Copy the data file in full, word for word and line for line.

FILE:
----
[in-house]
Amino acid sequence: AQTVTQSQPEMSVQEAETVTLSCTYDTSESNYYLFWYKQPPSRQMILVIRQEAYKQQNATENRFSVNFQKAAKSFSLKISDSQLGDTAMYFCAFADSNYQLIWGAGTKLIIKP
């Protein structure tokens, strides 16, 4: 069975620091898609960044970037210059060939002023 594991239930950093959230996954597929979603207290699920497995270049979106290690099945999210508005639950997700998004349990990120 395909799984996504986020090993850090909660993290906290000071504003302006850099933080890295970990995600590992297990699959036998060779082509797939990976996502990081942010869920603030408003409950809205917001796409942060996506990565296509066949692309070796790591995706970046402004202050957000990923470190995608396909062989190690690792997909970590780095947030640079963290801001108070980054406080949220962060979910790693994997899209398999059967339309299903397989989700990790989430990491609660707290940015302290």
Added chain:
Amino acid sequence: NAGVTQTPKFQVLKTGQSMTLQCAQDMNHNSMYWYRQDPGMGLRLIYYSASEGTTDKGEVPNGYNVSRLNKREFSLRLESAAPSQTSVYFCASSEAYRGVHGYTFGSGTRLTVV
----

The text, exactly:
[in-house]
Amino acid sequence: AQTVTQSQPEMSVQEAETVTLSCTYDTSESNYYLFWYKQPPSRQMILVIRQEAYKQQNATENRFSVNFQKAAKSFSLKISDSQLGDTAMYFCAFADSNYQLIWGAGTKLIIKP
């Protein structure tokens, strides 16, 4: 069975620091898609960044970037210059060939002023 594991239930950093959230996954597929979603207290699920497995270049979106290690099945999210508005639950997700998004349990990120 395909799984996504986020090993850090909660993290906290000071504003302006850099933080890295970990995600590992297990699959036998060779082509797939990976996502990081942010869920603030408003409950809205917001796409942060996506990565296509066949692309070796790591995706970046402004202050957000990923470190995608396909062989190690690792997909970590780095947030640079963290801001108070980054406080949220962060979910790693994997899209398999059967339309299903397989989700990790989430990491609660707290940015302290």
Added chain:
Amino acid sequence: NAGVTQTPKFQVLKTGQSMTLQCAQDMNHNSMYWYRQDPGMGLRLIYYSASEGTTDKGEVPNGYNVSRLNKREFSLRLESAAPSQTSVYFCASSEAYRGVHGYTFGSGTRLTVV